The loss payable provisions (HO 07 52) endorsement provides for situations involving a loss payee or lender's loss payee under a contract of sale. For example, assume Donna operates a sole proprietorship out of her home and purchases sophisticated computer equipment for this business. She signs a contract for the sale of this property, including the financing. The computer store has a financial interest in the equipment. Thus, if a major fire decimates Donna's home, the store could be protected with this endorsement.
The special coverage for valuable papers and records (HO 07 57) endorsement extends coverage for valuable papers and records from a named perils basis to an all-risk basis up to $2,500. Thus, if the insured sells a limited number of historical documents via the Internet out of his home, broader coverage (e.g., mysterious disappearance) would be provided with this endorsement.
AAIS Home-Based Business Endorsement
Table 2. AAIS Home-Based Business Classifications
||Includes businesses such as word processing, tutoring, real estate agents, counseling, and insurance agents. There is no professional liability coverage and the classification does not contemplate any products or completed operations loss exposures.
||Includes businesses such as hair styling, photography, furniture upholstering, and house sitting. There is no professional liability coverage, but cosmetologist's liability coverage is available as an option. Completed work exposures are contemplated in the service rating information.
||Includes the sale of cosmetics, collectibles, vitamins and healthcare products, and artwork. Products liability exposures are reflected in the retail rating information. Businesses, however, that manufacture their own products or sell products packaged under their own label, are ineligible for coverage under the home-based business program.
||Applicable to businesses that make and sell crafts. This classification includes craft sales at other locations and on consignment. Examples include flower arrangements, wood products, fabrics, and decorative clothing. Products liability exposures are reflected in the crafts rating information.
||Applicable to businesses that make, handle, distribute, or sell food to be consumed either on or away from the residence premises. Examples include baked goods, canning, fruit and vegetable stands that do not have pick-your-own operations, and picnic baskets. There is no liquor liability coverage if the insured is involved in manufacturing, distributing, selling, or serving alcohol. Products liability exposures are contemplated in the food rating information.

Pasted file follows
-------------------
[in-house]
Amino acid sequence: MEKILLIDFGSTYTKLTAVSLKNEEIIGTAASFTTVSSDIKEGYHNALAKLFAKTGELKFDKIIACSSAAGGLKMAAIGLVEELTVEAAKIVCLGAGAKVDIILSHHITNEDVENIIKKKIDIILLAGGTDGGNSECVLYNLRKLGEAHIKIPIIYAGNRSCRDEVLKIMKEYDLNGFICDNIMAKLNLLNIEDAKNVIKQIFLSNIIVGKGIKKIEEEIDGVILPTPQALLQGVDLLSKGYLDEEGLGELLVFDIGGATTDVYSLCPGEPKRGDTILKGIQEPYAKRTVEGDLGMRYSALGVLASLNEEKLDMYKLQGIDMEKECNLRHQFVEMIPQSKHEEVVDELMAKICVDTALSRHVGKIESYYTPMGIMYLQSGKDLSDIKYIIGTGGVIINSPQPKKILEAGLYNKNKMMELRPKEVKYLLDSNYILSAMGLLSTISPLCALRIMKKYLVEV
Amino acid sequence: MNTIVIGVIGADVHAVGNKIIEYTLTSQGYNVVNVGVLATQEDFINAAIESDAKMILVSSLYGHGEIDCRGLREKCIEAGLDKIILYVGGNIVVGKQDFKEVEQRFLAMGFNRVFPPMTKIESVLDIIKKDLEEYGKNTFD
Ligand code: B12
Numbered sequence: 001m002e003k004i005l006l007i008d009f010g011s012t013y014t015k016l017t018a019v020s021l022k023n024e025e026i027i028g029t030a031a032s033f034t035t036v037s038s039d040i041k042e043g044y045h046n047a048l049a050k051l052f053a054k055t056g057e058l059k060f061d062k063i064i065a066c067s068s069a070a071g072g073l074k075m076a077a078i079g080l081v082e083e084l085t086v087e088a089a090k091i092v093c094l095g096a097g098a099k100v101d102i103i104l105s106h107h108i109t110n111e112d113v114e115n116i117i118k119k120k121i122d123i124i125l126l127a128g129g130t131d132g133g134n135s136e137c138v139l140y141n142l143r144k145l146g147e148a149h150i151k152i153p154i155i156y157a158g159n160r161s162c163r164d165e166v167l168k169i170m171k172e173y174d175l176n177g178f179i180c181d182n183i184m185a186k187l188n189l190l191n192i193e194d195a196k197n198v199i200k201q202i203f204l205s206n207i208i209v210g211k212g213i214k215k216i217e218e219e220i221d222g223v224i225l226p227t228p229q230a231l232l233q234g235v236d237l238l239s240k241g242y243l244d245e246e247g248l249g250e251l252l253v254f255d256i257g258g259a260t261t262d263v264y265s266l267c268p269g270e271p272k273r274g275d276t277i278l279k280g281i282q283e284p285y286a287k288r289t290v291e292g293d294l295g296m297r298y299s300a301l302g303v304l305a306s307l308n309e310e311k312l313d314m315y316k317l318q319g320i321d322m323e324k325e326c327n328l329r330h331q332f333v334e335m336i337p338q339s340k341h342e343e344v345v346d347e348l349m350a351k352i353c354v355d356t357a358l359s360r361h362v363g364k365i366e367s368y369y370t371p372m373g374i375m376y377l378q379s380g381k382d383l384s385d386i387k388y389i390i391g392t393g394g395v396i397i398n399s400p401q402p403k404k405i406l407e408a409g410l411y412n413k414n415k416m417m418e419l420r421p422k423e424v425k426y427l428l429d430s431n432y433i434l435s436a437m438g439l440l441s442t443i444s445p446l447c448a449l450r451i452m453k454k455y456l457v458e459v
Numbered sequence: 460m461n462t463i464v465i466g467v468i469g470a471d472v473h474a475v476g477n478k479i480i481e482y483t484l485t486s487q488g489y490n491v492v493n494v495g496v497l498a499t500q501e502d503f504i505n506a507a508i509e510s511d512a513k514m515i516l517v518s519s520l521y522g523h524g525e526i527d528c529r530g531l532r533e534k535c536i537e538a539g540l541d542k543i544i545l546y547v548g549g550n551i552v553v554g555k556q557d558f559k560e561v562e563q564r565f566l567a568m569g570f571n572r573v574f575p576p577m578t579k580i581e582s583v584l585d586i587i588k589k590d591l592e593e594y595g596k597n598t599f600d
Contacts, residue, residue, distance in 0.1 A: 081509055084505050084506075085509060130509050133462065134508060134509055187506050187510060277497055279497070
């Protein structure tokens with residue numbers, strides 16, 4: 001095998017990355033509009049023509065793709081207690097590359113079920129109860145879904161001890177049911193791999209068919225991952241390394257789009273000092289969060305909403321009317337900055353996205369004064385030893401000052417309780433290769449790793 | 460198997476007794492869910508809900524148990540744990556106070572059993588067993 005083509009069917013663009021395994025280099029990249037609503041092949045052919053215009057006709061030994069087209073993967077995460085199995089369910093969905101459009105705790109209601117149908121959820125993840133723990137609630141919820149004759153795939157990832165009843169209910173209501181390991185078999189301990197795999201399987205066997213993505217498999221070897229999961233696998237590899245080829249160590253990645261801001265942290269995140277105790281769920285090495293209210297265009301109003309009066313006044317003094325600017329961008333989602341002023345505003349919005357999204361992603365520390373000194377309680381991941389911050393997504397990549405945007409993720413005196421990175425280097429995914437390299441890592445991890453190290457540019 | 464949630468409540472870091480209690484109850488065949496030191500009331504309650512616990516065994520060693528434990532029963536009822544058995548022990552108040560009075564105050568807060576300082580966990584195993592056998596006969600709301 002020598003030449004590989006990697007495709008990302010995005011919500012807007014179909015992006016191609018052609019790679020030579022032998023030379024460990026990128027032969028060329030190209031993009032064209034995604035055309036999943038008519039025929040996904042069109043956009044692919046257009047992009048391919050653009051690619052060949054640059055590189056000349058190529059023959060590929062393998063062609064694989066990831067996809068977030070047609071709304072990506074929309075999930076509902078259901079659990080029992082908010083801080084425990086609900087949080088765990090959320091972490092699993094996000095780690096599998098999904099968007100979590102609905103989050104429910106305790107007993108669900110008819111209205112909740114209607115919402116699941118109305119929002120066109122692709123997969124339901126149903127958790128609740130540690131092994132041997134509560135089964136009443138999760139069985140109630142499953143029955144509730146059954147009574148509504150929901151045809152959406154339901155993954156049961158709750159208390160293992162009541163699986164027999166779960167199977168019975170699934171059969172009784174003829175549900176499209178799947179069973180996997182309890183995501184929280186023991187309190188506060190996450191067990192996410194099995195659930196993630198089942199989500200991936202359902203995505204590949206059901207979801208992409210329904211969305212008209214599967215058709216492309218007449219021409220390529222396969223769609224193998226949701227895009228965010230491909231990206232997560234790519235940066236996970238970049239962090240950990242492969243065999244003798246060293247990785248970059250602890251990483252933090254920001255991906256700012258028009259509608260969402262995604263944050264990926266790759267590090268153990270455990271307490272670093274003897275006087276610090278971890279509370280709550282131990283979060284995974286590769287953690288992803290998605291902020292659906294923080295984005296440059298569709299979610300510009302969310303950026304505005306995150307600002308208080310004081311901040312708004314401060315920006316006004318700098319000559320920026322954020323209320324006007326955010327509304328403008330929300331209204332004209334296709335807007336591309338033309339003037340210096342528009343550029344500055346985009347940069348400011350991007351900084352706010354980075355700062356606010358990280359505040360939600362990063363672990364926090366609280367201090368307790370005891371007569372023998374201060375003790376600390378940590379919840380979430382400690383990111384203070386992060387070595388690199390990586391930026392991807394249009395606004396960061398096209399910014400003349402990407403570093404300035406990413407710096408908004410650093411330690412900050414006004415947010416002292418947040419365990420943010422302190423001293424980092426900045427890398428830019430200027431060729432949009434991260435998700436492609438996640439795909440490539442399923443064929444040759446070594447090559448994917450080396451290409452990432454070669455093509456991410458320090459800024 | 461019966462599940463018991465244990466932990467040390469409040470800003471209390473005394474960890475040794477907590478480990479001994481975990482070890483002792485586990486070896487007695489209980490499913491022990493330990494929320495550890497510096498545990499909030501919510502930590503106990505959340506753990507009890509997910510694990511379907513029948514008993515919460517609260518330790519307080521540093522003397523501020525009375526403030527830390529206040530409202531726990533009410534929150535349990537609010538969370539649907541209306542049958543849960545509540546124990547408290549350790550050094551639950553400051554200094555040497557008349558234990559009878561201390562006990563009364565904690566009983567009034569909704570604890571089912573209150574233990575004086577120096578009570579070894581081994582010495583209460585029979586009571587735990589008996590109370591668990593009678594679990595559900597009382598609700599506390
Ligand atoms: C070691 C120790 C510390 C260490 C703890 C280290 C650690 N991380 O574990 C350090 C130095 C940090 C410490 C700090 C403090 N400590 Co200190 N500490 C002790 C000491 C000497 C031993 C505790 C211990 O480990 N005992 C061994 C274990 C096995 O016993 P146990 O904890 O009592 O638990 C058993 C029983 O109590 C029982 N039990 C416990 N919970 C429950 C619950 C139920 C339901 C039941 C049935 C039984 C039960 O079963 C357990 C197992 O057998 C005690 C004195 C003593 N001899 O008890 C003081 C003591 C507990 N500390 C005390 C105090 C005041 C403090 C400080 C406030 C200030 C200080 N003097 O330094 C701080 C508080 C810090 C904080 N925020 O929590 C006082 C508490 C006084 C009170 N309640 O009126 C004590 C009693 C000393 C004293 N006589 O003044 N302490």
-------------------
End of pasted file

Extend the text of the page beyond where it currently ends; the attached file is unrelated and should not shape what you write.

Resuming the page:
|Bed and Breakfast
||Applicable to small bed and breakfast operations with a maximum of six rooms for overnight guests. The bed and breakfast must be owned and operated by one or more persons insured by the underlying policy. A liquor liability exclusion applies for liquor sold for a charge and liquor that is given away and not sold when a license is required for such activities. Products liability covers products consumed on or off the residence premises.
|Source: American Association of Insurance Services, AAIS Educational Materials—HO Section 1: Home-Based Business Program Revision 2.0, 1998, pp. 1.2, 1.3.
Ineligible classes include the following.
- Contracting operations that offer installation services
- Child and adult care services
- Home healthcare services
- Lawn care services
- Risks with more than a single business conducted on the premises, with some exceptions
To be eligible for coverage, the home business must meet the following requirements.
- The business must be owned by one or more insureds on the underlying policy.
- The business must be an incidental occupancy of the insured residence.
- The annual gross receipts cannot exceed $250,000.
- Business operations cannot be permanently conducted at any other locations under the same legal name.
- The business cannot have more than three employees, including family volunteers.
Property coverage is expanded to accommodate the needs of the home-based businessowner under the AAIS endorsement. Thus, other structures used to store business property are covered. The full personal property limit applies to business property. Property coverage options include guests' personal property coverage for bed and breakfast businesses, accounts receivables, loss of income, extra expenses, and spoilage coverage.
The liability limits include a general aggregate limit and a products-completed work hazard aggregate limit. Liability coverage options include personal injury/advertising injury, expanded contractual, non-owner auto/hired auto, cosmetologists liability, watercraft, and incidental fire legal liability. There is no professional liability coverage under this endorsement.
For certain home-based businesses that may be ineligible for any type of homeowners endorsement coverage (e.g., businesses whose annual receipts exceed $250,000), the businessowners policy (BOP) provides another option. The ISO BOP is a package policy designed to provide both property and general liability coverage for eligible small businesses. It is written on special BOP forms and rated in accordance with special BOP rates and rules.